CLINTON, MISS–Protesters with No One Stands Alone (NOSA) gathered outside the Clinton City Hall Wednesday to call for more minority contracting and employment with Continental Tire, which has announced the expansion of operations to Hinds County.
The tire company released plans to hire 2,500 employees at an event at Clinton High School in February. The protesters with NOSA said of those employees, minorities should be given a fair shot at the jobs.
“In South Carolina, Continental Tire has a minority inclusion of less than two percent,” said NOSA Executive Director Antonio Pope. “And South Carolina is a sister state to Mississippi. So why would we think it will be any different here?”
Pope added that by protesting ahead of the tire company’s hiring process in the Magnolia state, NOSA supporters hope to raise awareness that minority contractors are available for all aspects of the Continental Tire project.
“They’ll need plumbers, electricians, steel erectors,” said Pope. “And we have minorities–not just African American men, but women, and Hispanics as well, who are entitled to a fair shot.”
Picketer at Clinton City Hall to picket against Continental Tire,saying there’s a lack of minorities involved pic.twitter.com/Y50gnhbCfd
— News Mississippi (@News_MS) July 13, 2016
Pope said that of the protesters, very few of them were contractors themselves, but he was contacted by contractors who supported the event.
“They are afraid of being blackballed,” Pope said. “They are afraid of not getting requests to bid on work, of their bids being overlooked, or proposals staying on a desk because they showed up here today. I don’t blame them. But I do commend them for announcing their support either way.”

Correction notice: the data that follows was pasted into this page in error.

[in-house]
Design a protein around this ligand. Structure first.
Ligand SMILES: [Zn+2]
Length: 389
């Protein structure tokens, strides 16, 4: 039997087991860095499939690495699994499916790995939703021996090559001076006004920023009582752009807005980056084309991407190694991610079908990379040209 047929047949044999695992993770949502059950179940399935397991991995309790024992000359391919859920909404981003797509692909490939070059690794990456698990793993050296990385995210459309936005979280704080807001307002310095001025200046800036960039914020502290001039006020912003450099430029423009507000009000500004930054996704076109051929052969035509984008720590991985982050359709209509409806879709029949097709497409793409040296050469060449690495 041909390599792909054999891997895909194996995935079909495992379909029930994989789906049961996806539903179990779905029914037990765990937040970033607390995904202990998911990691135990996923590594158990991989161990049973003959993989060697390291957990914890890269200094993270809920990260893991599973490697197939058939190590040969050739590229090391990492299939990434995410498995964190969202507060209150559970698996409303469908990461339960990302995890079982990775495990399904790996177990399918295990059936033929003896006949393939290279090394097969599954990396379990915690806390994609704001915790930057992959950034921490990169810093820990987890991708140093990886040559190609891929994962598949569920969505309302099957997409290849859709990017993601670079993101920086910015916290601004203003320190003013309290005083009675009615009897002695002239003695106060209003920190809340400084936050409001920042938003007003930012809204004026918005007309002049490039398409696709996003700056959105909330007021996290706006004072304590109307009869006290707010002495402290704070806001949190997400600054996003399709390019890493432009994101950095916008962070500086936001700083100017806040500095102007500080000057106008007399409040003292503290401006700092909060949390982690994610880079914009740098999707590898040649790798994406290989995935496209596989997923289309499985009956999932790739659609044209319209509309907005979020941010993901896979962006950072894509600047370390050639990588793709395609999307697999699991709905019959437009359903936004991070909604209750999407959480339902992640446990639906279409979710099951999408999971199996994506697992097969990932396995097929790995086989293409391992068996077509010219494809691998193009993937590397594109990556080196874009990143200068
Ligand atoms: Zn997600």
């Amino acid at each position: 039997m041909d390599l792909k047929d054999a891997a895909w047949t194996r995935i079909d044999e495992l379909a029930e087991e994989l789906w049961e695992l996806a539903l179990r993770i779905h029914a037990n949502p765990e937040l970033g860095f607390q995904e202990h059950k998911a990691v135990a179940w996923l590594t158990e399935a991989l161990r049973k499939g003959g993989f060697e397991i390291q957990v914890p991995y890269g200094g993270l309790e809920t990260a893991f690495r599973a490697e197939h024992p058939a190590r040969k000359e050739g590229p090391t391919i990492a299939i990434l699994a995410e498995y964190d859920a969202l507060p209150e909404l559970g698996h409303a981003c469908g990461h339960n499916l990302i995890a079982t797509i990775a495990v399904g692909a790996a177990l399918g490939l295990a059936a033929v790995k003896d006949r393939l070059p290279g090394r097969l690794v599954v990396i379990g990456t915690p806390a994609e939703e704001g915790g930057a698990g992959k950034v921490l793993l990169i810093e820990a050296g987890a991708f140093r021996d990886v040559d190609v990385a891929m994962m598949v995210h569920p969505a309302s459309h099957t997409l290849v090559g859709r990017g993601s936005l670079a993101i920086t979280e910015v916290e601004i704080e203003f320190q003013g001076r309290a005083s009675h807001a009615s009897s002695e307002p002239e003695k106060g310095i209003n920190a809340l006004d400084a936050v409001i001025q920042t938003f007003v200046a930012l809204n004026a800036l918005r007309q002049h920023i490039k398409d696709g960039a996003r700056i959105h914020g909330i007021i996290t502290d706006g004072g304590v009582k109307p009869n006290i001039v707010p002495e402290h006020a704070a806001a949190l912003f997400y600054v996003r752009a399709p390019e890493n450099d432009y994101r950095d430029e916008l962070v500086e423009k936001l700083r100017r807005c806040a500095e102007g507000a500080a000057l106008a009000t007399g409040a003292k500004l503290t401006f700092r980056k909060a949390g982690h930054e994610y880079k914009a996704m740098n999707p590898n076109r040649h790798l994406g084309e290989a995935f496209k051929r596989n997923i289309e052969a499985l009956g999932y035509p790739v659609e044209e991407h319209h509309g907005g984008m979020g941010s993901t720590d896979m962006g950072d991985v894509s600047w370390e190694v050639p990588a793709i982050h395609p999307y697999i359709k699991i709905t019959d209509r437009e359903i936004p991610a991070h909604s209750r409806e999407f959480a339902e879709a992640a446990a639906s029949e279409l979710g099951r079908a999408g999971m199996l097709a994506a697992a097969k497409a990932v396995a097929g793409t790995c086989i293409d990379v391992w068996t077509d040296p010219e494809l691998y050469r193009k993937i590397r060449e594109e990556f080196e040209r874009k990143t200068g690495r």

None of the protesters would speak with the media.
Bishop C.L. Sparks of Dream Center Church of Jackson attended the protest, but did not join in with a picket.
“I am here today because this is great project,” said Sparks. “But I think sometimes protesting can be premature. They (Continental Tire) said you must go online and fill out saying what services you can do. If no one from the state, minorities, gets a contract, then we have a right to protest, before they even dump the dirt, we’d still have the right to protest because someone has to get the contracts. From my findings, nobody’s filled out the application yet. So how can you protest something.. you haven’t filled out the application?”
While the NOSA event was advertised as a gathering to urge minority inclusion in the employment process for Continental Tire, chants of “Black lives matter,” “no justice, no peace,” and “Mississippi is still burning” rang out among the crowd. One of the speakers at the protest outlined a couple of events that have been cited as motivation for the Black Lives Matter movement:
Prior to the demonstration, NOSA had to get a permit. Pope claimed he was not granted the services NOSA discussed with the city.
“We’re supposed to have a latrine, ambulance, and four police,” said Pope. He added that the permit fee was $500. Pope demanded a refund of the permit over the bullhorn.
“Chief Hayman, where’s my refund?” Pope chanted.
Chief Ford Hayman, who was named as chief of police in April, said the agreement did not provide logistical support.
“AMR(ambulance service) is here, as they have just pulled up,” said Hayman. “But they are a private company. We asked them to be here, but a call could prevent them from arriving. We discussed that we would not be providing the latrine as well.”
The police chief said that security was provided, given the recent violent events around the country.
“Just because you don’t see them,” said Hayman. “Just because you don’t see uniforms, and they’re not in a static location, doesn’t mean they’re not there.”
Construction on Continental Tire is scheduled to begin later this year, with production beginning in 2019.
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